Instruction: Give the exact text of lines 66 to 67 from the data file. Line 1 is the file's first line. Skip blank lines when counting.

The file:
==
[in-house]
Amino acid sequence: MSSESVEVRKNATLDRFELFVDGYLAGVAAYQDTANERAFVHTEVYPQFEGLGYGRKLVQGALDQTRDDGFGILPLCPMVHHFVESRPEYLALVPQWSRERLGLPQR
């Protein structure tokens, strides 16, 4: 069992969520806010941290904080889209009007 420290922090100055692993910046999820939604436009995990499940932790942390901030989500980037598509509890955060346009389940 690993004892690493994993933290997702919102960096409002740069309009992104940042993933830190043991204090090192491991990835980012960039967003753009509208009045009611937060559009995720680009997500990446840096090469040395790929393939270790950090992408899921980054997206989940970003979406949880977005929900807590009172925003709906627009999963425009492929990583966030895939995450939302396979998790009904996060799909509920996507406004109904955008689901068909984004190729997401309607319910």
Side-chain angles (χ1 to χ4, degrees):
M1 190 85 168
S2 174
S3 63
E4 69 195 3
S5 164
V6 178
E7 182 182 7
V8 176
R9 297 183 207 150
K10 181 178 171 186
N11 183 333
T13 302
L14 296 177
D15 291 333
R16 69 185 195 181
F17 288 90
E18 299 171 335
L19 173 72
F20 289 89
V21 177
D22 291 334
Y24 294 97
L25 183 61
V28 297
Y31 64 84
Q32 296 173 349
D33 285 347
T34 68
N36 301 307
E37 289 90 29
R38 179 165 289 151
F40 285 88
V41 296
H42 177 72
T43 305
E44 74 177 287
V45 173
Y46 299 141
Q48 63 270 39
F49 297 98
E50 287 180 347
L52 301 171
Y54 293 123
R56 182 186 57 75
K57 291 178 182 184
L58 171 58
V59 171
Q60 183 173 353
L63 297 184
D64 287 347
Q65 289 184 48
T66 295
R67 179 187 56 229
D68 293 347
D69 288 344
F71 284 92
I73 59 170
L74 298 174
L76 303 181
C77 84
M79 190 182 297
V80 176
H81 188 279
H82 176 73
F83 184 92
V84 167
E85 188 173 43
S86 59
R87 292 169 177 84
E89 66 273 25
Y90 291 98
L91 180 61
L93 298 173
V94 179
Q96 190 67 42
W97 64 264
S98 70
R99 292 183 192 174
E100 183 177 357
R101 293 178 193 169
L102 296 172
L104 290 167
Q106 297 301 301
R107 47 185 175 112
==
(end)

V80 176
H81 188 279